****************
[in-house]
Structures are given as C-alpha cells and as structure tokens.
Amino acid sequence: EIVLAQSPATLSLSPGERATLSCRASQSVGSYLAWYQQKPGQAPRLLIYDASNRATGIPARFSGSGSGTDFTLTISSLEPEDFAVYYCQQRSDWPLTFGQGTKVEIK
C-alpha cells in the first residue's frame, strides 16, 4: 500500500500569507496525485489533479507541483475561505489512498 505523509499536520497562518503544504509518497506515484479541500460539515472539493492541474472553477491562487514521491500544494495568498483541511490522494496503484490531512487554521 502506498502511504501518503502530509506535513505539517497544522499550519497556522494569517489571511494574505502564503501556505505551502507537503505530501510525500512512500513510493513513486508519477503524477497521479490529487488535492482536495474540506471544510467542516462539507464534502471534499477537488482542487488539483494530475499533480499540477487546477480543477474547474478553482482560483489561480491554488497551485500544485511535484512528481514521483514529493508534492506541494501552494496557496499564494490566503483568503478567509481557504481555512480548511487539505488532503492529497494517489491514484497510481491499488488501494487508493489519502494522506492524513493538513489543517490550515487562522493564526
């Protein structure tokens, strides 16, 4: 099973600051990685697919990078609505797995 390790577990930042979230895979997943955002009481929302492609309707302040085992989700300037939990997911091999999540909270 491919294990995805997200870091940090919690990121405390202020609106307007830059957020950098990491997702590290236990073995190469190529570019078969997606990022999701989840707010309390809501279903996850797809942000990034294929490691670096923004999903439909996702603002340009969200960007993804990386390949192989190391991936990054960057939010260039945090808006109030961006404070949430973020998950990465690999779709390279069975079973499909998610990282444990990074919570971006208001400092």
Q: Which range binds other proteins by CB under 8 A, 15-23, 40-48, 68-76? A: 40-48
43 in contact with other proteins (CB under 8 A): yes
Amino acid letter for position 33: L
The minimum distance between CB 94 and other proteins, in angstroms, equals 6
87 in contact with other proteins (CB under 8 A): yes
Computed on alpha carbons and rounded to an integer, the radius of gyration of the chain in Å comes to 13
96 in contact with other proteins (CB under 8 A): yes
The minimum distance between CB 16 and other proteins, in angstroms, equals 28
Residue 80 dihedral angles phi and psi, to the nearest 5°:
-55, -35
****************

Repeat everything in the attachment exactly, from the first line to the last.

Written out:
[in-house]
Structures are given as C-alpha cells and as structure tokens.
Amino acid sequence: EIVLAQSPATLSLSPGERATLSCRASQSVGSYLAWYQQKPGQAPRLLIYDASNRATGIPARFSGSGSGTDFTLTISSLEPEDFAVYYCQQRSDWPLTFGQGTKVEIK
C-alpha cells in the first residue's frame, strides 16, 4: 500500500500569507496525485489533479507541483475561505489512498 505523509499536520497562518503544504509518497506515484479541500460539515472539493492541474472553477491562487514521491500544494495568498483541511490522494496503484490531512487554521 502506498502511504501518503502530509506535513505539517497544522499550519497556522494569517489571511494574505502564503501556505505551502507537503505530501510525500512512500513510493513513486508519477503524477497521479490529487488535492482536495474540506471544510467542516462539507464534502471534499477537488482542487488539483494530475499533480499540477487546477480543477474547474478553482482560483489561480491554488497551485500544485511535484512528481514521483514529493508534492506541494501552494496557496499564494490566503483568503478567509481557504481555512480548511487539505488532503492529497494517489491514484497510481491499488488501494487508493489519502494522506492524513493538513489543517490550515487562522493564526
């Protein structure tokens, strides 16, 4: 099973600051990685697919990078609505797995 390790577990930042979230895979997943955002009481929302492609309707302040085992989700300037939990997911091999999540909270 491919294990995805997200870091940090919690990121405390202020609106307007830059957020950098990491997702590290236990073995190469190529570019078969997606990022999701989840707010309390809501279903996850797809942000990034294929490691670096923004999903439909996702603002340009969200960007993804990386390949192989190391991936990054960057939010260039945090808006109030961006404070949430973020998950990465690999779709390279069975079973499909998610990282444990990074919570971006208001400092």
Q: Which range binds other proteins by CB under 8 A, 15-23, 40-48, 68-76? A: 40-48
43 in contact with other proteins (CB under 8 A): yes
Amino acid letter for position 33: L
The minimum distance between CB 94 and other proteins, in angstroms, equals 6
87 in contact with other proteins (CB under 8 A): yes
Computed on alpha carbons and rounded to an integer, the radius of gyration of the chain in Å comes to 13
96 in contact with other proteins (CB under 8 A): yes
The minimum distance between CB 16 and other proteins, in angstroms, equals 28
Residue 80 dihedral angles phi and psi, to the nearest 5°:
-55, -35